It had been a miserable day, with unrelenting rain, so last night we went to Wellington’s Embassy Theatre to see Peter Jackson’s The Hobbit.
The Embassy is a theatre, which was opened in 1924 and was refurbished in 2001, in time for the world premiere of the first of Peter Jackson’s Lord of the Rings trilogy. The theatre is gorgeous – an very stately old dame. As you enter her wide doors on Cambridge Terrace, you ascend to the first floor via elegant curved stairways with beautiful art deco tiles in deep blues and greens lining the walls. She always takes my breath away.
Last night I searched for the tile I’d heard about at a recent funeral. One of Wellington’s beloved, an extremely kind and generous philanthropist, funded the tiling of the walls. All he asked for in recognition of his generosity was for one tile to be placed honouring of his parents. I found it exactly where I thought it would be, very simple and discrete – with only a christian name for each of them and the initials of their surname – perfect. I felt so moved by this one simple gesture that I wanted to hold my fingers to my lips then press them gently against the tile.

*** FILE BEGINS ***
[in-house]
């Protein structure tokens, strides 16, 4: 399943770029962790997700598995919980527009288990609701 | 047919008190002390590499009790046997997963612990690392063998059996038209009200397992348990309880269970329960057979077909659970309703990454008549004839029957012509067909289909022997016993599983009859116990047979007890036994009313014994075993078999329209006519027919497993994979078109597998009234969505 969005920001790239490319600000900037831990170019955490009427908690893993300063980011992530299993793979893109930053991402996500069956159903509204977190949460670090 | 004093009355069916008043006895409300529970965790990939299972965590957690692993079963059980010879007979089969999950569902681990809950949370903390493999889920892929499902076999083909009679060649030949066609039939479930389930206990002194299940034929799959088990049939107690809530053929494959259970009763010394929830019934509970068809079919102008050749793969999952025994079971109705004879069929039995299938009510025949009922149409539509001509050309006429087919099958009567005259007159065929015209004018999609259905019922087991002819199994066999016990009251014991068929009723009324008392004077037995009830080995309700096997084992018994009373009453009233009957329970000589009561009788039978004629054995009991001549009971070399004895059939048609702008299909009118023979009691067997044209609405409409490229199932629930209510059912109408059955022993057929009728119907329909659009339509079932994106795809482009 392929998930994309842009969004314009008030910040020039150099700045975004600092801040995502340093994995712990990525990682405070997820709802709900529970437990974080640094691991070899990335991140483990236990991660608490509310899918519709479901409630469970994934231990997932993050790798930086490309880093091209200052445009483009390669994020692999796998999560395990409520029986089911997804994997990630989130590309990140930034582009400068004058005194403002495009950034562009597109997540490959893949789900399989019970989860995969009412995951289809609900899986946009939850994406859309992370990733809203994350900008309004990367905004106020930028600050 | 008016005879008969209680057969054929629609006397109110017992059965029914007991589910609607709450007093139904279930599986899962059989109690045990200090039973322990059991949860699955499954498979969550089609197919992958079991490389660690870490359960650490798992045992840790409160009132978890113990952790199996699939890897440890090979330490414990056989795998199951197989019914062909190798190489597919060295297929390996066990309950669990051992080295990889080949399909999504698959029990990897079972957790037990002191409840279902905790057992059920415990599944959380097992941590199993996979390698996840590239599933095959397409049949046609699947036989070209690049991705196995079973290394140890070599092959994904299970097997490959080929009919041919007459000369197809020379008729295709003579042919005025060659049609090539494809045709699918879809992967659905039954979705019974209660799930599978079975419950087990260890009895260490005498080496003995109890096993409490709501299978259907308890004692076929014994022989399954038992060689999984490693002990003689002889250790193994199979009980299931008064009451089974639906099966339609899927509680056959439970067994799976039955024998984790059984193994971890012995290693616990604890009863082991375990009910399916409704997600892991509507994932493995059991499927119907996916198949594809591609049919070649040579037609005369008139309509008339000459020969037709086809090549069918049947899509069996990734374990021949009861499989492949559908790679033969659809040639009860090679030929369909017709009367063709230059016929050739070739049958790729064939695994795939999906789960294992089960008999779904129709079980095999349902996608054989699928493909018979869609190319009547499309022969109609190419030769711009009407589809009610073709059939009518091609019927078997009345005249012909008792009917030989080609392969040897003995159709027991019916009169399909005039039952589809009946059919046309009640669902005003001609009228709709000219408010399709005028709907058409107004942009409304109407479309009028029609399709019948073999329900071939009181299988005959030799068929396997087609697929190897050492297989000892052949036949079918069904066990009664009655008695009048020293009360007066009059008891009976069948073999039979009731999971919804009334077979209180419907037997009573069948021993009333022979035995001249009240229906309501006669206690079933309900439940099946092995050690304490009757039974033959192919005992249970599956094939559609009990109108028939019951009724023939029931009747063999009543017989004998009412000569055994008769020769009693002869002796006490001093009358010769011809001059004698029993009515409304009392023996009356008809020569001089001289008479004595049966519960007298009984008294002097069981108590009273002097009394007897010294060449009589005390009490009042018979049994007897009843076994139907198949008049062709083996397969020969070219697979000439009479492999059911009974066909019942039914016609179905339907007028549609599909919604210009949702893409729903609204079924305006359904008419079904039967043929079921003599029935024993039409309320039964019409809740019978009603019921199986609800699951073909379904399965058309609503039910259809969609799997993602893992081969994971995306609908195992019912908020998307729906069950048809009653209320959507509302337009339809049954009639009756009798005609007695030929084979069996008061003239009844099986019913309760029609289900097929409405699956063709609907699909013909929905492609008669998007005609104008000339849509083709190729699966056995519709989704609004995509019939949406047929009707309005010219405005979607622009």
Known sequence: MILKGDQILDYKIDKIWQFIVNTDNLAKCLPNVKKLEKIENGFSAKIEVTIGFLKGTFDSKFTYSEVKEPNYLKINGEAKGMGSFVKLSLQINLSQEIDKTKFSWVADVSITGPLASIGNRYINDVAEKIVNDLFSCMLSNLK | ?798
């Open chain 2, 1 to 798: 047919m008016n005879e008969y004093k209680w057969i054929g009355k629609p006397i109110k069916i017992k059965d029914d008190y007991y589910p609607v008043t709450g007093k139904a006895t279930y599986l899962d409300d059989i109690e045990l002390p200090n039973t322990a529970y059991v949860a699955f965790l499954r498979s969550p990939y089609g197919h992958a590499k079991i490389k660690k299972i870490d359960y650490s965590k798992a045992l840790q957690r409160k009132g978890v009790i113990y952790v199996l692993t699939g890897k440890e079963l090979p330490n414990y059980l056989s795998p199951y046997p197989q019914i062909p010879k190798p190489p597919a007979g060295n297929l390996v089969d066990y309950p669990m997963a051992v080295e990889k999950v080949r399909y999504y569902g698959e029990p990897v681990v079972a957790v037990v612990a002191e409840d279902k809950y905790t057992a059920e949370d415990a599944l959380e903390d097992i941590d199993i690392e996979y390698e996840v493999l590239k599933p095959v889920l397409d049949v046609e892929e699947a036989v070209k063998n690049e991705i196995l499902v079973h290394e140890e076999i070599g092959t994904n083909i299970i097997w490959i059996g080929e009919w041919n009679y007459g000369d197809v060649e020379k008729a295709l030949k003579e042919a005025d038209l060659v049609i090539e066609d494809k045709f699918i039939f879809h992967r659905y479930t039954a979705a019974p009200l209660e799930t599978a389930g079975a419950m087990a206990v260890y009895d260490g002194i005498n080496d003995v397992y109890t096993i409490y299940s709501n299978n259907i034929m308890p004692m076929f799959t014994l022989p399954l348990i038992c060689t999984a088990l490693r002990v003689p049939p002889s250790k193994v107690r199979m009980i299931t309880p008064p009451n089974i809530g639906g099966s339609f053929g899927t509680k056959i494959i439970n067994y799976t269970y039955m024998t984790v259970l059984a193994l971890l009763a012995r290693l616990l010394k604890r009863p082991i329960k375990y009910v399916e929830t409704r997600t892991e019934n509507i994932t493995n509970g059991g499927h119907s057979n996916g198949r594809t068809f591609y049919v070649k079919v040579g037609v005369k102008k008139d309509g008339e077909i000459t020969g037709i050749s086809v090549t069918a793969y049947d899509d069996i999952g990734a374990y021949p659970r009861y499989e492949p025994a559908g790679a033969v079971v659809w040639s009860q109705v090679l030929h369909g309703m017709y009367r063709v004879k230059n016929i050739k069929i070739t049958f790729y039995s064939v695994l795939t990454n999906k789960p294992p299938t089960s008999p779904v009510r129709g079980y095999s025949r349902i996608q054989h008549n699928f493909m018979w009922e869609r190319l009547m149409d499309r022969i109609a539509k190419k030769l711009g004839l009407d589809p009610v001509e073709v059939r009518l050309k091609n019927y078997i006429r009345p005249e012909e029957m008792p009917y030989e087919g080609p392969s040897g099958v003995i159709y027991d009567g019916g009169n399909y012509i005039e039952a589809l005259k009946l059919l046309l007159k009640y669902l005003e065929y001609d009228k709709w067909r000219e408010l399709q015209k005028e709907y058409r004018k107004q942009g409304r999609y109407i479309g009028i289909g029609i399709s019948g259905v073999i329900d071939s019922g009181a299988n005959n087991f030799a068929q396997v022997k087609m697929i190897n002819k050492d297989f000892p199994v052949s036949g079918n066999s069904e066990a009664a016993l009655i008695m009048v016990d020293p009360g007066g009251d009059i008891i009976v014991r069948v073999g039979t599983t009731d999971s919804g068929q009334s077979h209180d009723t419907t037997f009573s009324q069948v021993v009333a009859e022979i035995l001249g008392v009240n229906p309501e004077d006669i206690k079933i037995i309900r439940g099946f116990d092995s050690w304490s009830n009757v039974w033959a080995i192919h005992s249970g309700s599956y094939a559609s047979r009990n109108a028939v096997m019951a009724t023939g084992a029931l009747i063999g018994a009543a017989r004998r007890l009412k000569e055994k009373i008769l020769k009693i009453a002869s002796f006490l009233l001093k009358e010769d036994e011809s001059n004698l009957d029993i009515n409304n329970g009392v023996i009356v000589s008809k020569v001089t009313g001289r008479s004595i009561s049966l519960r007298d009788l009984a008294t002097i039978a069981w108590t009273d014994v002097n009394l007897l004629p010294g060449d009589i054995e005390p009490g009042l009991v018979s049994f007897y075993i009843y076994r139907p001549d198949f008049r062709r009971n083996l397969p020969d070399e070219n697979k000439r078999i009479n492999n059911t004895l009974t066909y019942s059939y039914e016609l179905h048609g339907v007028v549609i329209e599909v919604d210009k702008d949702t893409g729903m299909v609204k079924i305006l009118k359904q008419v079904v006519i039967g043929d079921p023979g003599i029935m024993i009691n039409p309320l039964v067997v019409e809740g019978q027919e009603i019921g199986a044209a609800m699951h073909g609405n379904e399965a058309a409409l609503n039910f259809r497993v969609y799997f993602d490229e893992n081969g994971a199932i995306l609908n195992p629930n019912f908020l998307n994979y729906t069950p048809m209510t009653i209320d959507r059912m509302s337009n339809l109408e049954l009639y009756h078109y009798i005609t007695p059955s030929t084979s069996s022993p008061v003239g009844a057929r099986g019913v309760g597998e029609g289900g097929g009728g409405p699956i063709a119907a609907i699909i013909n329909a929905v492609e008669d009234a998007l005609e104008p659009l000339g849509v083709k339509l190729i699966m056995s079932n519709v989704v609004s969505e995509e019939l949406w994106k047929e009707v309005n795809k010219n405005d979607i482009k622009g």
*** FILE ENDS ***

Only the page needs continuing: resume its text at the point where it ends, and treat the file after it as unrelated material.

Choc-dipped ice cream in hand, I settled into my sumptuous leather seat, sponsored by another well-known Wellington identity. The lights went down plunging the auditorium into near darkness but for the latticed domes on either side of the screen. After a one-handed scrambling at the bottom of my handbag for my camera clutching my ice-cream cone in the other, I managed to take just one photo. If I’d had more time, and two hands, I would have tried to show the magical lattice effects on the surrounding walls and ceiling.